Toyota Research Institute explores blockchain technology

Collaboration with MIT Media Lab and other partners fosters open source software tools

Blockchain helps to securely share driving and autonomous vehicle testing data, manage ride and car share transactions and store vehicle usage information

The Toyota Research Institute (TRI) announced today that it is exploring blockchain and distributed ledger technology (BC/DL) for use in the development of a new mobility ecosystem that could accelerate development of autonomous driving technology.

Blockchain technology sends information over a network of independent computers, known as a distributed ledger, intended to ensure that the transaction is secure and ownership rights over the data/property are protected. TRI believes blockchain may create transparency and trust among users, reduce risk of fraud and reduction or elimination of transaction costs, such as fees or surcharges applied by third party institutions.

“Hundreds of billions of miles of human driving data may be needed to develop safe and reliable autonomous vehicles,” said Chris Ballinger, director of mobility services and chief financial officer at TRI. “Blockchains and distributed ledgers may enable pooling data from vehicle owners, fleet managers, and manufacturers to shorten the time for reaching this goal, thereby bringing forward the safety, efficiency and convenience benefits of autonomous driving technology.”

Through an open-source approach to software tools, TRI is creating a user consortium and hopes to stimulate more rapid adoption of blockchain by other companies developing autonomous vehicles and providing mobility services. TRI is inviting current and future partners to collaborate on further development of BC/DL technology applications in vehicle data and services.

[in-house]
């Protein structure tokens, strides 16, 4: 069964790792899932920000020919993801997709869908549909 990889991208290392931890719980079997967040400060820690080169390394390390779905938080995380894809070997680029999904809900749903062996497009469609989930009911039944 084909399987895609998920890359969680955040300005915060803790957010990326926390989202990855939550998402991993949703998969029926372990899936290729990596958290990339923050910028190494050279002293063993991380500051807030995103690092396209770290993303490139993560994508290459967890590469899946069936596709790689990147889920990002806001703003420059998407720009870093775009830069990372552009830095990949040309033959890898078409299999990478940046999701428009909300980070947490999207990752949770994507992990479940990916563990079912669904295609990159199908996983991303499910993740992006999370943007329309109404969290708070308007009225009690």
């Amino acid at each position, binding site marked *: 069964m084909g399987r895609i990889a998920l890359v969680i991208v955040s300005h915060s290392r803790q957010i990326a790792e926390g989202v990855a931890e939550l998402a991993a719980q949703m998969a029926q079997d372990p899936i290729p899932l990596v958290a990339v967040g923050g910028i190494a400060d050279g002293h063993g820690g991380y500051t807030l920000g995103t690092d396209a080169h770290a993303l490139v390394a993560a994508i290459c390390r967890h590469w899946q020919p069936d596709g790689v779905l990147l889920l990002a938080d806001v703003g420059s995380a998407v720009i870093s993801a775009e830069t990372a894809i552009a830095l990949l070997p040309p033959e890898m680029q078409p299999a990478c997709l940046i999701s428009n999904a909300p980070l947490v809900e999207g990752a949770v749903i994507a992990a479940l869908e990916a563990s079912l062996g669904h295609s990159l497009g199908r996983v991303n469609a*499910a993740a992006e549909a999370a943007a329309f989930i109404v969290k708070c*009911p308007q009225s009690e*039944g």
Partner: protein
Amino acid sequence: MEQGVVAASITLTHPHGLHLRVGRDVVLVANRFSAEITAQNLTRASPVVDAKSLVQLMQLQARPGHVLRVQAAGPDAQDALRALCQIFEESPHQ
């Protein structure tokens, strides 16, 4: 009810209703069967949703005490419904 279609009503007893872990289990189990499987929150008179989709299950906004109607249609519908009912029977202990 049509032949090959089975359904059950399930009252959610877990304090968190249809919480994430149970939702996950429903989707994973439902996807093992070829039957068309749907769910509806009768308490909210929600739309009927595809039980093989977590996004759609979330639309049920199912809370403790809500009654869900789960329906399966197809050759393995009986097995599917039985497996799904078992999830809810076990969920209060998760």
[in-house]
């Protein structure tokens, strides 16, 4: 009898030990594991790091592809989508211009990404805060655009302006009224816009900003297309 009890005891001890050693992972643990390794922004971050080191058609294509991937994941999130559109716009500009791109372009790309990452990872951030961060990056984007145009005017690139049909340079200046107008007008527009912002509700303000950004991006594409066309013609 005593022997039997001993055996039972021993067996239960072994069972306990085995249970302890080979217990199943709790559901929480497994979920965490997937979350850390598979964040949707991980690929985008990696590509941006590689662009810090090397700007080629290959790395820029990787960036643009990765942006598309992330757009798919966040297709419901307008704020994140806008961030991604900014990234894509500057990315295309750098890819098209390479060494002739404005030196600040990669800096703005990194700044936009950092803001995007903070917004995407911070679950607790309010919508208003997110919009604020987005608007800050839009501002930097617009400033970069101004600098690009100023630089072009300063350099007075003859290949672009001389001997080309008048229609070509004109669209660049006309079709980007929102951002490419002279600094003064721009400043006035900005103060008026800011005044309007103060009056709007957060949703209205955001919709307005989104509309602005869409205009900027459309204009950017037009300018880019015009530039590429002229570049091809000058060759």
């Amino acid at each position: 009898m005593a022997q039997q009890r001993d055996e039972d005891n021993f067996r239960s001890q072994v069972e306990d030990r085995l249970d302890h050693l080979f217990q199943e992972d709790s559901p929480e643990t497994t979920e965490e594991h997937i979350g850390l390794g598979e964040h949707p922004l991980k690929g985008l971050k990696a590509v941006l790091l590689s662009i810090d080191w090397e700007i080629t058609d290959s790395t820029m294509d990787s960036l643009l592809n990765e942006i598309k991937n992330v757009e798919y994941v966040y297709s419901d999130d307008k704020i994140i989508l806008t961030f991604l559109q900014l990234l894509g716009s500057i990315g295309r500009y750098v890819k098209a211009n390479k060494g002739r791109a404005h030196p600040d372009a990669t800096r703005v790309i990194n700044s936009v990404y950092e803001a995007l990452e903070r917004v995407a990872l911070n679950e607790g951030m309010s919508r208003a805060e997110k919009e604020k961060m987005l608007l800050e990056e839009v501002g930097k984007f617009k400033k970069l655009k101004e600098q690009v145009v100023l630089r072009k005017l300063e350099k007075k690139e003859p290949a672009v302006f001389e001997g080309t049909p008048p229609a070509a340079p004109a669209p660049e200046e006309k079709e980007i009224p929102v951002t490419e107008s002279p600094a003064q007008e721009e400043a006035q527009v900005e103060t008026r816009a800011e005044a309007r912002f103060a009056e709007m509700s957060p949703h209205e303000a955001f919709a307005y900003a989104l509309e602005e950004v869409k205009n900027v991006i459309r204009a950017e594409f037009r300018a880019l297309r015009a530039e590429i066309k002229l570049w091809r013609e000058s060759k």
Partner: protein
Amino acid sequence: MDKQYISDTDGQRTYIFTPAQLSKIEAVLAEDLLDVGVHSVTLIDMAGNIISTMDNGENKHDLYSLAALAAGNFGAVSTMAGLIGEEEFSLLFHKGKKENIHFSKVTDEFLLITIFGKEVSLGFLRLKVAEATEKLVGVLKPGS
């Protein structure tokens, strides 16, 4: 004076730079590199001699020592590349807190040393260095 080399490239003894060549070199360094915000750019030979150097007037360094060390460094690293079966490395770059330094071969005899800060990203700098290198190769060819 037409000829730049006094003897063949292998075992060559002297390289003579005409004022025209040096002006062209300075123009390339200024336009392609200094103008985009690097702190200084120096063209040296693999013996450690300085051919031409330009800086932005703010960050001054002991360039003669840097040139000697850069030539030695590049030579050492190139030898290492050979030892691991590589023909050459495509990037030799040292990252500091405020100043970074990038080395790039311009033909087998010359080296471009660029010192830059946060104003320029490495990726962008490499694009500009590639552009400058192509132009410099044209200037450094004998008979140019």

TRI is working with several industry partners in addition to MIT ML to develop applications and proofs of concept for three areas of the new mobility ecosystem: driving/testing data sharing, and usage-based insurance.

Driving/Testing Data Sharing: Blockchain technology may allow companies and individuals to securely share and monetize their driving information and access the data contributed by others in a secure marketplace. This approach builds on a similar blockchain initiative to create digital property rights in the music industry, the Open Music Initiative. Modern vehicles are increasingly aware of their environment through onboard sensors and are increasingly connected to the cloud, roadway infrastructure and other vehicles, all of which are generating massive amounts of valuable data. BC/DL may create an opportunity to share driving and autonomous testing data in an environment that preserves ownership of the data by the creator.

Usage-Based Insurance: The blockchain can also be used for vehicle owners to save money on their insurance rates. By allowing the vehicle’s sensors to collect driving data and store it in a blockchain, vehicle owners may be eligible to further lower their insurance costs by giving their insurance companies increased transparency to reduce fraud plus granting them access to driving data to measure safe driving habits.

“I’m excited Toyota is spearheading this initiative that uses blockchain technology to create an open platform where users can control their driving data,” said Neha Narula, Director, Digital Currency Initiative at the MIT Media Lab. “Our hope is that other industry stakeholders will join this effort to bring safe and reliable autonomous vehicles one step closer to reality.”

TRI’s partners include, Berlin-based BigchainDB, which is building the data exchange for sharing driving and autonomous vehicle testing data, Gem, from Los Angeles, is working with Toyota Insurance Management Solutions (TIMS).

Source: Toyota Research Institute (TRI)